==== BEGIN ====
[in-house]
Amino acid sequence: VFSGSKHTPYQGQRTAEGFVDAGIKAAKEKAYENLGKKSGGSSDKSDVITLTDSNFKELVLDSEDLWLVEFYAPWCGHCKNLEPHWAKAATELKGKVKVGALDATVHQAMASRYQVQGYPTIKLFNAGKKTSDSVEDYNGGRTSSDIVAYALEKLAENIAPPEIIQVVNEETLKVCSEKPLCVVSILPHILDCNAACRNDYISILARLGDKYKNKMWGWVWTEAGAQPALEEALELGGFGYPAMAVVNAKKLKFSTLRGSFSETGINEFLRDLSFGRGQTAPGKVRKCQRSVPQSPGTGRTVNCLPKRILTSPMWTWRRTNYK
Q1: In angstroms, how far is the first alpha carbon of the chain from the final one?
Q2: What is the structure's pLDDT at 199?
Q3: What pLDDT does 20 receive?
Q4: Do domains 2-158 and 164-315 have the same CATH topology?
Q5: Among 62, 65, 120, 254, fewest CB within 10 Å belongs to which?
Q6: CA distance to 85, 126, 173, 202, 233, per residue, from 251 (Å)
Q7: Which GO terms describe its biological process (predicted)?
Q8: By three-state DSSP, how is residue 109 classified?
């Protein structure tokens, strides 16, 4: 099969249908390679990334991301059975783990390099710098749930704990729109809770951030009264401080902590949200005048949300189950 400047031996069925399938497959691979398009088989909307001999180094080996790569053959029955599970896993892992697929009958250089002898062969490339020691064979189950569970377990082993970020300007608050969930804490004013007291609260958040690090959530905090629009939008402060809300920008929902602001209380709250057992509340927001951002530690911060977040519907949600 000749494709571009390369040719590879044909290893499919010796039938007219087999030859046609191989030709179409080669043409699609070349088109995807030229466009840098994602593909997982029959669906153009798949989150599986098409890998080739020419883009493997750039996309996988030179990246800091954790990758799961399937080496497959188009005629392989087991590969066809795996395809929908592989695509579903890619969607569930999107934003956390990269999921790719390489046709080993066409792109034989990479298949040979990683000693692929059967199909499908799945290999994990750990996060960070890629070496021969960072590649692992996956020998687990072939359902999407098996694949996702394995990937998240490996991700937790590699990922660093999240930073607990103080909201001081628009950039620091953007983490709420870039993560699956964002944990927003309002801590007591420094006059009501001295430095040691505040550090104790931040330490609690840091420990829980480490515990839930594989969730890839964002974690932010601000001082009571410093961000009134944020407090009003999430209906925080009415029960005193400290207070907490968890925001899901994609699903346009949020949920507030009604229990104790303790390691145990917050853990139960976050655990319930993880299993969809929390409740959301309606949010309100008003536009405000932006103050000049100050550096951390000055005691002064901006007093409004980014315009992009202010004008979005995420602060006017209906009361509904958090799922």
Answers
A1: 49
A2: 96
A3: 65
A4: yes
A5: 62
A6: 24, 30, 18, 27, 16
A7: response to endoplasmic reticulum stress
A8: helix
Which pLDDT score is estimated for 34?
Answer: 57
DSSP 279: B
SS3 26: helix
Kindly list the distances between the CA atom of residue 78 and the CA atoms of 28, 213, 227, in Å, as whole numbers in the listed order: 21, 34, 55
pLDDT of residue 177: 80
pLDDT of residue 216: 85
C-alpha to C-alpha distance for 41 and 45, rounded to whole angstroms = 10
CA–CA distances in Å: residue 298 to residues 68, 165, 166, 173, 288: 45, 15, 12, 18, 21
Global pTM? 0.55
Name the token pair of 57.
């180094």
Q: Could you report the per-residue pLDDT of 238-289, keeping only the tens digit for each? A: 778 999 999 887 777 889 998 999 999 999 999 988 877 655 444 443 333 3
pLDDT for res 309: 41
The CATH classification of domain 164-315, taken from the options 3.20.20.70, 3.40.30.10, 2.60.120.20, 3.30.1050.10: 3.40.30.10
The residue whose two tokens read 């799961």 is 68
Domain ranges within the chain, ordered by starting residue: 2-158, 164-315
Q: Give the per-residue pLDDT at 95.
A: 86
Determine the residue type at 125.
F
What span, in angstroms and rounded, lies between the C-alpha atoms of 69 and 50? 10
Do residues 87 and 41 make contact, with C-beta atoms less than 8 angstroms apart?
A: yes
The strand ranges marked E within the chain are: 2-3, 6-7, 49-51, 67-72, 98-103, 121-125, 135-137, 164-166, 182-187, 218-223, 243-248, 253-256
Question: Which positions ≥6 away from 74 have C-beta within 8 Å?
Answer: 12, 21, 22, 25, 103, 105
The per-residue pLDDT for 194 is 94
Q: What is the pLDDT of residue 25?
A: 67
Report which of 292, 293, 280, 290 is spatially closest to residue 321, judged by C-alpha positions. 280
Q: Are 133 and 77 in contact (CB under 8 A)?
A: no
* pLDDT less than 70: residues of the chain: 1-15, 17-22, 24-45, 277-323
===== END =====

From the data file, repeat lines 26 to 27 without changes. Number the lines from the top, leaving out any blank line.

pLDDT of residue 177: 80
pLDDT of residue 216: 85